When the first Trek finally made it into cinemas in 1980, the butchered end result was disappointing. Occasionally beautiful but with a glacial pace, it got nicknamed “Star Trek: The Motionless Picture”. Star Trek almost died but the sequel turned out to be so good it revived the franchise completely, resulting in not just more movies but the most successful Trek series of all with “The Next Generation”.star_trekkhan.jpg

I do not consider myself to be a Trekkie, in fact these people often scare me a bit. But “StarTrek 2: The Wrath of Khan” conjures only happy memories in me. Still considered to be the best of the movies, it provided the franchise with many of its best moments. It has a great villain in Khan, brilliant fights between capital ships and a big twist at the end with emotional impact. Seeing it now and knowing who returns in part 3 spoils it somewhat, but at the time that end was nothing short of stunning, even for part-time admirers of the original tv-series like me.
What also helped was that it looked gorgeous. Every series has nabulae in the background these days, but when this was used in Khan it was still novel and took my breath away.

Staying in space, the other movie franchise in this respect… oh hell. Do I need to explain this one? Just look at this screenshot, it gives me chills to this day.empiresb.jpg

Truth to be told, lots of people consider Star Wars to be superior to “THE EMPIRE STRIKES BACK”, but even more think otherwise. “Star Wars” ("A New Hope” for all you revisionists) was pure fun and an awesome movie. I mention awesome a lot because that’s what happens when you’re twelve years old. You get awed.  But I got awed to an amazing extent by StarWars’s evil brother “The Empire Strikes Back”. This movie lifted “Star Wars” from being a story to being a universe. It made sure you got the point that all this fighting between rebels and imperials was just one of an endless amount of stories happening in it. The unfinished end made our young little minds feverishly making up the next movie, to the extent that it could never hope to live up to what we had created ourselves. And it didn’t. To this day, “The Empire Strikes Back” still is Star Wars’s finest moment.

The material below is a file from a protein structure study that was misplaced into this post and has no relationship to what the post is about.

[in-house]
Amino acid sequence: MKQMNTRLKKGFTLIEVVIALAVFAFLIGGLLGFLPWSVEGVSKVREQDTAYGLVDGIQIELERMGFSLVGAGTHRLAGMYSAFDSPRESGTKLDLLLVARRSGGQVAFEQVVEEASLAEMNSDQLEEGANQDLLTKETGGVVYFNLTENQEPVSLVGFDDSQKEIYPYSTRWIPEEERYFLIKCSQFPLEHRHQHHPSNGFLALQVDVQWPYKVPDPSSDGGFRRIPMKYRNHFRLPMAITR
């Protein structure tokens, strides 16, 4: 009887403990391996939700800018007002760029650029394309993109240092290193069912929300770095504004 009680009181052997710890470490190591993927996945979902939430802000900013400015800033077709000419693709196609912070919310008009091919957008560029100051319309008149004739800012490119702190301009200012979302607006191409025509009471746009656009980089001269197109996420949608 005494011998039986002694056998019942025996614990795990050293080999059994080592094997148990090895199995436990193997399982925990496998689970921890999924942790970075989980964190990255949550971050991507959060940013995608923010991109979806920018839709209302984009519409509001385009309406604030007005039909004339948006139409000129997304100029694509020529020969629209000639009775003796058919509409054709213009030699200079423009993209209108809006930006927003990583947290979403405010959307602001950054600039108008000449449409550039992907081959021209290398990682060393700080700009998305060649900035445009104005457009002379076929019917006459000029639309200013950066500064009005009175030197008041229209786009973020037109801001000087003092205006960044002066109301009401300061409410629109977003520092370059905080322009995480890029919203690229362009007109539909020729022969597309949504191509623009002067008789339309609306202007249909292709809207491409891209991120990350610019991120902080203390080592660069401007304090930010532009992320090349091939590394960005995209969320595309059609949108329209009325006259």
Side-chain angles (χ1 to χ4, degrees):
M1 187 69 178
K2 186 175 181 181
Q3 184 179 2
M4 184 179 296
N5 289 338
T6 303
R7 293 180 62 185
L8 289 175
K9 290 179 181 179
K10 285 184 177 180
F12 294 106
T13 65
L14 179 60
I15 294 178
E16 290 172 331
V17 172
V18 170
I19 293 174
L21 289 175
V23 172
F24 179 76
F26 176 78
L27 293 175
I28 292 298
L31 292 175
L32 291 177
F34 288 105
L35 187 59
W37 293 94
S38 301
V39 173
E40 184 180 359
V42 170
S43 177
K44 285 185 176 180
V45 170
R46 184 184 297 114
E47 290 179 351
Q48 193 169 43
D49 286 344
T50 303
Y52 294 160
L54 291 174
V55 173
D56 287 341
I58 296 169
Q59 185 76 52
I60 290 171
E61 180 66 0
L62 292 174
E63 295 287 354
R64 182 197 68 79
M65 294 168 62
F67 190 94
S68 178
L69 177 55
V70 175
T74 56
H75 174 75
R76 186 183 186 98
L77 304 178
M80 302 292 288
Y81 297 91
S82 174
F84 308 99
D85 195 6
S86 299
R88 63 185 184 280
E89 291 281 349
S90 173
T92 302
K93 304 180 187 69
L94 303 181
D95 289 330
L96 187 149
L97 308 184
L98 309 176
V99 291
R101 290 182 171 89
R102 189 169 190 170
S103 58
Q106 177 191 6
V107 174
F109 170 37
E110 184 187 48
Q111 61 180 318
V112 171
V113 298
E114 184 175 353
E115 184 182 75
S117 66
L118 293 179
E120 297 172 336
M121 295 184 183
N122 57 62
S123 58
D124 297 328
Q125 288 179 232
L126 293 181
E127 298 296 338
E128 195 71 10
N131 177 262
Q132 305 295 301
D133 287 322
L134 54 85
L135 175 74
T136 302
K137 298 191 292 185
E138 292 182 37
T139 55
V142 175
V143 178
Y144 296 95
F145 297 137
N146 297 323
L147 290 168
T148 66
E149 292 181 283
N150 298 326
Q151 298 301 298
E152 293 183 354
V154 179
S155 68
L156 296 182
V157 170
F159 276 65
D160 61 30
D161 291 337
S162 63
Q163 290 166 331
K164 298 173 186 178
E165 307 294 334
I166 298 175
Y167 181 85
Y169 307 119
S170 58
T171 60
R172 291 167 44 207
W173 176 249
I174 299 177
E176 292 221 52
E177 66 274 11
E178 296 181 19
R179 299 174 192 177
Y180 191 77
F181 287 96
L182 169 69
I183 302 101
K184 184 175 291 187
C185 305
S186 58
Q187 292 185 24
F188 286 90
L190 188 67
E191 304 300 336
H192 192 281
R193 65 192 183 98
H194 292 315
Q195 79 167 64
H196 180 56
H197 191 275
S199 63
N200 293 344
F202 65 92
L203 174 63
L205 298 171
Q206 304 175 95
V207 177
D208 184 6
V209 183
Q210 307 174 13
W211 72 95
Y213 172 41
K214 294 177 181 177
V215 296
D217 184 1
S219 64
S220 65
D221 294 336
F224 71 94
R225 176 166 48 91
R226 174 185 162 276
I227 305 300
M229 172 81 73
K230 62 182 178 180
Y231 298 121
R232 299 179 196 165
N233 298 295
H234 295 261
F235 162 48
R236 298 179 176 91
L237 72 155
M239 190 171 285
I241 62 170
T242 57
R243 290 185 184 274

And that’s my list!
I fully hope to start a debate about these choices in the comments section. Do you know any other examples, please tell of them. If the response is high enough I’ll even start a topic for it in our forum.
If anything, I think my samples may be too well known, so if you know of an unseen treasure, unjustly forgotten because of its sequelness, please tell about it here!